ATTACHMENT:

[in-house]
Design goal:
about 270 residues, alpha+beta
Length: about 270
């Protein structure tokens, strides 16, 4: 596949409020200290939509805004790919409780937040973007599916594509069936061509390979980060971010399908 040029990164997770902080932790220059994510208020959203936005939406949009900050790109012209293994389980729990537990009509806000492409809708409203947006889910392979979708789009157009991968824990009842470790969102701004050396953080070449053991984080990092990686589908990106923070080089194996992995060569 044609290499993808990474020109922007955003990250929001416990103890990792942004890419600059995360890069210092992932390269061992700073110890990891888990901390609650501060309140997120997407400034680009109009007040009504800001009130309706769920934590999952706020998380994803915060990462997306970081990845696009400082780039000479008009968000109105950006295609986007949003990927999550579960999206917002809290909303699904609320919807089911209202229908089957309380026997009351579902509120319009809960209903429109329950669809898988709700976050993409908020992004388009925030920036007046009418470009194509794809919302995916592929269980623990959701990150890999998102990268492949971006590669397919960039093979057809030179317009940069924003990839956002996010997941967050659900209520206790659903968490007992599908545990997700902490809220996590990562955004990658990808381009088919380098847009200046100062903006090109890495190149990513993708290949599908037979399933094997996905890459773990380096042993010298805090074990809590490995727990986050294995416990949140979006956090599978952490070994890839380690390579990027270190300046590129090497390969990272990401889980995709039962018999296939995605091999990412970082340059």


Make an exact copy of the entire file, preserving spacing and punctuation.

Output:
[in-house]
Design goal:
about 270 residues, alpha+beta
Length: about 270
């Protein structure tokens, strides 16, 4: 596949409020200290939509805004790919409780937040973007599916594509069936061509390979980060971010399908 040029990164997770902080932790220059994510208020959203936005939406949009900050790109012209293994389980729990537990009509806000492409809708409203947006889910392979979708789009157009991968824990009842470790969102701004050396953080070449053991984080990092990686589908990106923070080089194996992995060569 044609290499993808990474020109922007955003990250929001416990103890990792942004890419600059995360890069210092992932390269061992700073110890990891888990901390609650501060309140997120997407400034680009109009007040009504800001009130309706769920934590999952706020998380994803915060990462997306970081990845696009400082780039000479008009968000109105950006295609986007949003990927999550579960999206917002809290909303699904609320919807089911209202229908089957309380026997009351579902509120319009809960209903429109329950669809898988709700976050993409908020992004388009925030920036007046009418470009194509794809919302995916592929269980623990959701990150890999998102990268492949971006590669397919960039093979057809030179317009940069924003990839956002996010997941967050659900209520206790659903968490007992599908545990997700902490809220996590990562955004990658990808381009088919380098847009200046100062903006090109890495190149990513993708290949599908037979399933094997996905890459773990380096042993010298805090074990809590490995727990986050294995416990949140979006956090599978952490070994890839380690390579990027270190300046590129090497390969990272990401889980995709039962018999296939995605091999990412970082340059």